3.15 Employer and negotiating representatives have some flexibility as to the content of their negotiated agreement but the agreement must satisfy seven conditions. It must

  • set out the circumstances in which the employer must inform and consult its employees;
  • be in writing;
  • be dated;
  • cover all employees of the undertaking (or group of undertakings);
  • be approved in a certain way (see 3.16 below);
  • be signed by or on behalf of the employer; and
  • provide for either the appointment or election of information and consultation representatives whom the employer informs and consults (such as a works council) or that the employer will supply information directly to employees and consult the employees directly (essentially a forum of the whole workforce).

3.16 The approval condition mentioned above can be achieved in one of two ways (or a combination of both):

  • all the negotiating representatives sign the agreement; or
  • a majority sign and either:

    1. at least 50% of employees employed in the undertaking approve the agreement in writing; or
    2. at least 50% of the employees who vote in a secret ballot, complying with the requirements of the draft Regulations, approve the agreement.

3.17 The future will show the typical terms of negotiated agreements. The draft Guidance contains some suggestions. It is more than possible that negotiated agreements will reflect some aspects of the standard information and consultation provisions discussed below.

(C) Pre-existing agreements

3.18 As we have noted, an employer may not have to enter into negotiations to reach a negotiated agreement if it has a pre-existing agreement. This is one or more agreements which complies with the conditions set out in draft Regulation 8. These are it:

  • pre-dates the valid employee request;
  • is in writing;
  • covers all employees in the undertaking;
  • has been approved by the employees; and
  • sets out how the employer is to give information to employees or their representatives and seek their views on such information.

3.19 A pre-existing agreement cannot be an agreement that relates to the European Works Council law (see 2.6 above) but it can be a collective agreement. Agreements can also cover more than one undertaking. This is discussed further at paragraph 3.22 below.

3.20 The big unknown in this is how an agreement must be "approved" by the employees. The DTI intends to create flexibility. However, the ambiguity might lead to parties entering into an agreement which fails to be a "pre-existing agreement" because of subsequent judicial interpretation of the concept of "approval". The draft Guidance suggested that "approval" might be demonstrated by a majority vote in favour in a ballot of the workforce, a majority of employees expressing support through signatures, or the agreement of employees’ representatives representing a majority of the workforce.

3.21 Even if there is a pre-existing agreement, this can be trumped by an employee request if:

  • 40% or more of the employees employed in the undertaking are a party to the employee request; or
  • in a secret ballot of all employees, which must be organised by the employer, at least 40% of the employees in the undertaking endorse the employee request and a majority of votes cast in the ballot endorse the employee request (see Regulations 8 and 9 for the balloting requirements).

3.22 A novel provision introduced in the July 2004 draft of the Regulations is that a pre-existing agreement can cover more than one undertaking (Regulation 9). If so, where less than 40% of the employees covered by the agreement send in the written request, an employer (or employers) can arrange for a ballot to endorse the agreement. The ballot must cover all employees covered by the agreement. To overturn the pre-existing agreement requires at least 40% of all employees covered by the agreement (rather than one undertaking) to prefer the employee request. It is important to recognise that where there is such a "group" pre-existing agreement a valid employee request to trigger a ballot only needs 10% of the employees of the undertaking (not the "group" covered by the pre-existing agreement).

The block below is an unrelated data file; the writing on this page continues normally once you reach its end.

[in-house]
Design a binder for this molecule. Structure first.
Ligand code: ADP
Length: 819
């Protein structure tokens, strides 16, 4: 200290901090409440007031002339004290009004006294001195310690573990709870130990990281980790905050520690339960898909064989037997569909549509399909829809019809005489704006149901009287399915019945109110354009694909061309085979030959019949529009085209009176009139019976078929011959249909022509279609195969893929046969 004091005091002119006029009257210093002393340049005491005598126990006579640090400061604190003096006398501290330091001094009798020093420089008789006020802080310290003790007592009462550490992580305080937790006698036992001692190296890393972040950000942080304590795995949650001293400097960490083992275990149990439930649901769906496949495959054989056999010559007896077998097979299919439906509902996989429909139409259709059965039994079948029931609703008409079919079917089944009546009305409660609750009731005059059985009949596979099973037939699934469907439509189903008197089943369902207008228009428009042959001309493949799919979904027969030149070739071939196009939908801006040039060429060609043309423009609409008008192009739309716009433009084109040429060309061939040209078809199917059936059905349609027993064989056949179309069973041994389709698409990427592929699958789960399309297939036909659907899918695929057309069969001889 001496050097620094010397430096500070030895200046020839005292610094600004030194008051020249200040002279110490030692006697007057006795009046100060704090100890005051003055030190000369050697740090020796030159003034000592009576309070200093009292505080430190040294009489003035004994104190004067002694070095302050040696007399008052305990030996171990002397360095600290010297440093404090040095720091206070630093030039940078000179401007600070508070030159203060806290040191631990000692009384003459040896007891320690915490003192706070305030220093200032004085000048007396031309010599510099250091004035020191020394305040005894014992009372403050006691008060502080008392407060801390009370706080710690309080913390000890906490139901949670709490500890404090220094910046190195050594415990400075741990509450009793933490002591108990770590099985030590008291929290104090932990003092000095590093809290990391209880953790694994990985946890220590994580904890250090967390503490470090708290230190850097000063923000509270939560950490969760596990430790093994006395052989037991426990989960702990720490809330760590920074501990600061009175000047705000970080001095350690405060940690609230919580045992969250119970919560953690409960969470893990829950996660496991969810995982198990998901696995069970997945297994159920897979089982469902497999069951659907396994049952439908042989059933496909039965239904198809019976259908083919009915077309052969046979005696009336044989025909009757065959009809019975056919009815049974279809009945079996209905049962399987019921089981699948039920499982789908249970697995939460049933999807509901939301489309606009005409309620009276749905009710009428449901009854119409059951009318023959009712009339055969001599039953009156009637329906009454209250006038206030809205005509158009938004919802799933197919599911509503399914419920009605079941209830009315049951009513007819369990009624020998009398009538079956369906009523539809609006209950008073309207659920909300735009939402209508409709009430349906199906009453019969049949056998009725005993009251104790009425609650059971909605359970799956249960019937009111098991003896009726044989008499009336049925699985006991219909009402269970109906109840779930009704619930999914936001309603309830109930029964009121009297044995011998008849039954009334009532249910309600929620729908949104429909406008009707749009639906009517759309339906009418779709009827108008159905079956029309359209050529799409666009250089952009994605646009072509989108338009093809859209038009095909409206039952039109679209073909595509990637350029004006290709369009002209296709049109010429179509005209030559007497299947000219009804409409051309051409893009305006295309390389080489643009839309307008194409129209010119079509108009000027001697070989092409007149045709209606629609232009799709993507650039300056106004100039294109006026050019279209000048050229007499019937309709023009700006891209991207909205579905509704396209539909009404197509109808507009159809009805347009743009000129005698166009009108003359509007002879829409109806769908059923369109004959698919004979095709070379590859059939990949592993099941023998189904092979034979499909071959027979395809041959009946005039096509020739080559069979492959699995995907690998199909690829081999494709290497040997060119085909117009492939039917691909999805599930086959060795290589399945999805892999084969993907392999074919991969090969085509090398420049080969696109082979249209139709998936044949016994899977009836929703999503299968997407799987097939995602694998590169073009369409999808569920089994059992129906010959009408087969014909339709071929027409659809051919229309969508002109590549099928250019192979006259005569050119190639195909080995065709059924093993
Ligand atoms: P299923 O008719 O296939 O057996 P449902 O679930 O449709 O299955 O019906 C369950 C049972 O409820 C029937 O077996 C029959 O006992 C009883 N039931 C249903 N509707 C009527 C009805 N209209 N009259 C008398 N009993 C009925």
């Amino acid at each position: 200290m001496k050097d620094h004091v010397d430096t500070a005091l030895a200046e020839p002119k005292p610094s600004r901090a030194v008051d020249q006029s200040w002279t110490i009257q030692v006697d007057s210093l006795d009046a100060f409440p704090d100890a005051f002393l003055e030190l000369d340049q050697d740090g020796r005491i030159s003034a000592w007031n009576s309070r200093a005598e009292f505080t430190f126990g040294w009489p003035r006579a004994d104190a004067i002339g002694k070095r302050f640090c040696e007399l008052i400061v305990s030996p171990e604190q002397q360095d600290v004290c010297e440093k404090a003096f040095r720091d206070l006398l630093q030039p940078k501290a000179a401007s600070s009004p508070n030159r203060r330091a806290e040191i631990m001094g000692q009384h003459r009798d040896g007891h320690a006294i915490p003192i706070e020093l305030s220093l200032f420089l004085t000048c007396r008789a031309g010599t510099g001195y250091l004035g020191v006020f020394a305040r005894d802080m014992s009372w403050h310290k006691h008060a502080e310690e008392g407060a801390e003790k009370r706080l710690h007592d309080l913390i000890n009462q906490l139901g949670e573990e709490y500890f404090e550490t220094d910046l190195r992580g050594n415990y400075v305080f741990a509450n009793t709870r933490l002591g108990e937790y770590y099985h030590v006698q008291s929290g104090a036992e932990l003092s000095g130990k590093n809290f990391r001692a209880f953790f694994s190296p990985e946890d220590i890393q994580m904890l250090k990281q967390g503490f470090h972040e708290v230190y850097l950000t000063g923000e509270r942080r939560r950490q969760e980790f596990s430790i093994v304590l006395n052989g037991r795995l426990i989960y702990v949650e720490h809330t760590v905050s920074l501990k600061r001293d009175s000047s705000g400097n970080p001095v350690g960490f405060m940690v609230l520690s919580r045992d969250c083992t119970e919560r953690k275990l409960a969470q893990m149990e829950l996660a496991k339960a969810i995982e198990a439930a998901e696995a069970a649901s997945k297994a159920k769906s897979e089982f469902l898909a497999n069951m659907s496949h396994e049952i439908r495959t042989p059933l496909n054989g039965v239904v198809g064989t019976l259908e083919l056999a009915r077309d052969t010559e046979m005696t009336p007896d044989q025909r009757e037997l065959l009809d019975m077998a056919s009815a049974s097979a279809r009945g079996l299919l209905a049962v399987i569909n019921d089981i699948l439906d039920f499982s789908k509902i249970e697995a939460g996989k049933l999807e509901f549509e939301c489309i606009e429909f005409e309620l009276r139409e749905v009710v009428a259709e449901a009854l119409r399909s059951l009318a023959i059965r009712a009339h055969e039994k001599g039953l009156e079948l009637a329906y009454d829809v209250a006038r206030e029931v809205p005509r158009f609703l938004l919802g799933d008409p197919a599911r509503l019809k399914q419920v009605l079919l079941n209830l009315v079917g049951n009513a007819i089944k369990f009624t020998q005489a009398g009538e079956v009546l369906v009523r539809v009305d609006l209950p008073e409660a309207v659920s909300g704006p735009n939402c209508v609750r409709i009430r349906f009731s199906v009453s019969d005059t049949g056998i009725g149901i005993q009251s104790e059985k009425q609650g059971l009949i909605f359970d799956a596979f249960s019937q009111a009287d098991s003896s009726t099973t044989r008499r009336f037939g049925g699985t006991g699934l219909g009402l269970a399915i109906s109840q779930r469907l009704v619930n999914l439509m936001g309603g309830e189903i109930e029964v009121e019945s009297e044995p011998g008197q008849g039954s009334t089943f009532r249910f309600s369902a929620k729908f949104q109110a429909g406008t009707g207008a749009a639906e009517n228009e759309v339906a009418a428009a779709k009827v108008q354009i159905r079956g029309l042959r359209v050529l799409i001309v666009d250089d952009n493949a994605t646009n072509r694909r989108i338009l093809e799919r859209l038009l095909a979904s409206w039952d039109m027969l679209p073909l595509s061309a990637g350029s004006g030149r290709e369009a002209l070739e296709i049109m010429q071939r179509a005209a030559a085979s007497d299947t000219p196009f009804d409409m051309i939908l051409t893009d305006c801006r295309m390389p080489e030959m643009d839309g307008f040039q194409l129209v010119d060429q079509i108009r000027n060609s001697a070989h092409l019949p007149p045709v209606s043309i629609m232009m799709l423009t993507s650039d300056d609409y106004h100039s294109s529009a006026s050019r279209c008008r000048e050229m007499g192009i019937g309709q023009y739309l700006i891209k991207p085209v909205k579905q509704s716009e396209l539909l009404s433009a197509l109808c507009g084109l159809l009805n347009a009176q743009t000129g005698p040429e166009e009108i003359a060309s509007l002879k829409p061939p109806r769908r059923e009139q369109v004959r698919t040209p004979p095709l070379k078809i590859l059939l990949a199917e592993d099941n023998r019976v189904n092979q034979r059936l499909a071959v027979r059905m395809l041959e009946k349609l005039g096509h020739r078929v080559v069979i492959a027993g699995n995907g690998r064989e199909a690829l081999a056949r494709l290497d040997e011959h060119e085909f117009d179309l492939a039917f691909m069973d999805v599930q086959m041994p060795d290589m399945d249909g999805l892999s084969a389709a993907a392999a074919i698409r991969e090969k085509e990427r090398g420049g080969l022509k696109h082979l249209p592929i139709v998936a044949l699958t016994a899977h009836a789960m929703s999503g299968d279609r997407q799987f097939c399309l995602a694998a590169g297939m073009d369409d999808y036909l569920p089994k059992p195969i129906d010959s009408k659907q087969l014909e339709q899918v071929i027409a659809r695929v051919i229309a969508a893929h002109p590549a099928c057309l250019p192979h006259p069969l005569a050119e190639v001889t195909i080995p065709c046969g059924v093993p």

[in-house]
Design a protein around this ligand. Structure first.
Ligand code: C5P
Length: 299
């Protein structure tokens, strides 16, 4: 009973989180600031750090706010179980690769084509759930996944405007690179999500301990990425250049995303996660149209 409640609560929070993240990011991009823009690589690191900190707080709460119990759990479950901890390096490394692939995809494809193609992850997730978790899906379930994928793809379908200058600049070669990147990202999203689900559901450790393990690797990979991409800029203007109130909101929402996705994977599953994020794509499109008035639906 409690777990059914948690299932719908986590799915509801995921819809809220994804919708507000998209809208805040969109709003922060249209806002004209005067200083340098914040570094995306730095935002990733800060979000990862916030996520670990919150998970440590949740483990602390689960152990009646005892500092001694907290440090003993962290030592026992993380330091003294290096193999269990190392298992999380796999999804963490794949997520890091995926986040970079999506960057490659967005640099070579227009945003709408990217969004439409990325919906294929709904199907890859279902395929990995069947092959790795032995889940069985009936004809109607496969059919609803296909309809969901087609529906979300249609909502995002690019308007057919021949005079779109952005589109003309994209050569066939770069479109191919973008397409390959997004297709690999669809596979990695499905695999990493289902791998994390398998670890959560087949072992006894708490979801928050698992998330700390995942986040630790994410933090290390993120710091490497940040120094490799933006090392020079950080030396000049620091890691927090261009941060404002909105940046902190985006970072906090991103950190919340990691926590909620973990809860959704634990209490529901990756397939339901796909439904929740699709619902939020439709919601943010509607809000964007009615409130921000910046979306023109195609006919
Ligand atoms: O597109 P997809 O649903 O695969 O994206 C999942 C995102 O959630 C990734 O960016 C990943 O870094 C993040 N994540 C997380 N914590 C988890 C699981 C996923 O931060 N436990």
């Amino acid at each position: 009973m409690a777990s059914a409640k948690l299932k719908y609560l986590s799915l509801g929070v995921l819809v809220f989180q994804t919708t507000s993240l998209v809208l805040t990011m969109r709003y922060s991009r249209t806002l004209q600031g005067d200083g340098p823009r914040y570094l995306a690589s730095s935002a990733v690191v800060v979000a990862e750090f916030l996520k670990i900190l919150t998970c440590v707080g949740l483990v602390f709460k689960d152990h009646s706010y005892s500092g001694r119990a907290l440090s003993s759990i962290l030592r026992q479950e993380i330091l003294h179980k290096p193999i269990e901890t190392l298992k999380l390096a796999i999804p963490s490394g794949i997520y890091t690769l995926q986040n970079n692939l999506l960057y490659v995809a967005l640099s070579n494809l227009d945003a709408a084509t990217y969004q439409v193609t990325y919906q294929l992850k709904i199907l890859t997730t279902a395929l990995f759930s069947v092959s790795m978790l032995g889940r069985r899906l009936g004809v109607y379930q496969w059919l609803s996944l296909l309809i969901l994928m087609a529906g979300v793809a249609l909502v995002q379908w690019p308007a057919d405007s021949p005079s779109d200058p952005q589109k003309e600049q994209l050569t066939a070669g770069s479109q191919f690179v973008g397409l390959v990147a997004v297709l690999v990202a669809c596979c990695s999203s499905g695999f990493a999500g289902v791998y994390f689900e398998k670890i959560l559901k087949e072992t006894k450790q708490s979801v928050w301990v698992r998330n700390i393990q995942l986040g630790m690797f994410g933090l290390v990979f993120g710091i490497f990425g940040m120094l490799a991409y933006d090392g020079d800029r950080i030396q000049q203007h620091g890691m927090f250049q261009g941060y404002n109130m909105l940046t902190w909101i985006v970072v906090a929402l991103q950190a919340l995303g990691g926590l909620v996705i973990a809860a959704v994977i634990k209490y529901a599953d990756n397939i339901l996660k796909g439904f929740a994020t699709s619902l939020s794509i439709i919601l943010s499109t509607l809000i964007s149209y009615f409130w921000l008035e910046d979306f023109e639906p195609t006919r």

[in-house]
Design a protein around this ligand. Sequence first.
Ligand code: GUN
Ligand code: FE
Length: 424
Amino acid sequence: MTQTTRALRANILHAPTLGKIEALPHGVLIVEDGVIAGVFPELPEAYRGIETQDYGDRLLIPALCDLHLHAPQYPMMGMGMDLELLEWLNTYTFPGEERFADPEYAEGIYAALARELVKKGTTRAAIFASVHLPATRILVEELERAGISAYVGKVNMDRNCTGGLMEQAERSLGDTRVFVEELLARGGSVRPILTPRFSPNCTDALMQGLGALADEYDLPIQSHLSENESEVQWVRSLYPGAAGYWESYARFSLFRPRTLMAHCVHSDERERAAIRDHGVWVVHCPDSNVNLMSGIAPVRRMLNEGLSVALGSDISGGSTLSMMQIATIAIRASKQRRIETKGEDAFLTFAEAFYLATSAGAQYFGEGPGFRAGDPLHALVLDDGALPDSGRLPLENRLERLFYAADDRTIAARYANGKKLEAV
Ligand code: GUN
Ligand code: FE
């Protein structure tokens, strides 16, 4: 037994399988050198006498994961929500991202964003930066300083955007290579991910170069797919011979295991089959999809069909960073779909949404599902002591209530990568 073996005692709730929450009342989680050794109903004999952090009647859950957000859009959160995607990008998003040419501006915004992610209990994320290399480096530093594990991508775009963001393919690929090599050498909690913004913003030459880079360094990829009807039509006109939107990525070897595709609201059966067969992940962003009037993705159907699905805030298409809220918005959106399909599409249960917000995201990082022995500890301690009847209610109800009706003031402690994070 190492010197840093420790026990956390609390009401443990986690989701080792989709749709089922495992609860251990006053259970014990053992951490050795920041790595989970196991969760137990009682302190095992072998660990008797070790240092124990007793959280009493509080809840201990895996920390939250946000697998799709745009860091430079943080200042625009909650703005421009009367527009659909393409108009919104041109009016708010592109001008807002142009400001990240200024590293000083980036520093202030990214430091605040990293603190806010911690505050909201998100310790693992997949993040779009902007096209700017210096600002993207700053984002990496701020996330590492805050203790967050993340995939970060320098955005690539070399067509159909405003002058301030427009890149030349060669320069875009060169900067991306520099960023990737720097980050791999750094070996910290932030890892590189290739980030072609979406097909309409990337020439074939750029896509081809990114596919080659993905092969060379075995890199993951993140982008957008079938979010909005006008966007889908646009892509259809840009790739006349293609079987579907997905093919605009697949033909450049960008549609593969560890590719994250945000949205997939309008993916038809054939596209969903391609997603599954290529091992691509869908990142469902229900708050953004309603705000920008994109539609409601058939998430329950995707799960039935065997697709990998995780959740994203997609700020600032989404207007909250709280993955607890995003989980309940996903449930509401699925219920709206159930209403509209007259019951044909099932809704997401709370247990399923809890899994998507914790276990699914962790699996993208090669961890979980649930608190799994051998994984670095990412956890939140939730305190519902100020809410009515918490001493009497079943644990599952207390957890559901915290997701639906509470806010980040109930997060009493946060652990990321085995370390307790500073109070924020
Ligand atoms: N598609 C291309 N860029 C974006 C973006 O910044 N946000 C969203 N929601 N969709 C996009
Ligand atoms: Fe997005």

(D) Standard information and consultation provisions

3.23 As we have seen, the "standard information and consultation provisions" are triggered when the parties have failed to reach a negotiated agreement within six months (or any extended period that the parties agreed). There are two key elements to these standard provisions:

  • mandatory election of "information and consultation representatives"; and
  • mandatory information and consultation duties placed upon the employer.

3.24 The employer must arrange a ballot for the election of at least one information and consultation representative for every 50 employees (or part thereof). There must be a minimum of two and a maximum of 25. The complex rules on operating the ballot are set out in Schedule 2 of the draft Regulations. The rules specify a single ballot although separate ballots are possible where the employer decides that a number of constituencies would "better reflect the interests of the employees as a whole". Any employee of the "undertaking" may stand for election (although an employer can allow, but it is not required to permit, non-employees to stand). An independent ballot supervisor is to supervise the ballot. All costs fall on the employer.

3.25 Perhaps the most controversial area in the whole of this law is the mandatory information and consultation obligations placed upon the employer. It is worth setting these out in detail.

3.26 The employer is obliged to provide the elected information and consultation representatives with information on:

  1. the recent and probable development of the undertaking’s activities and economic situation;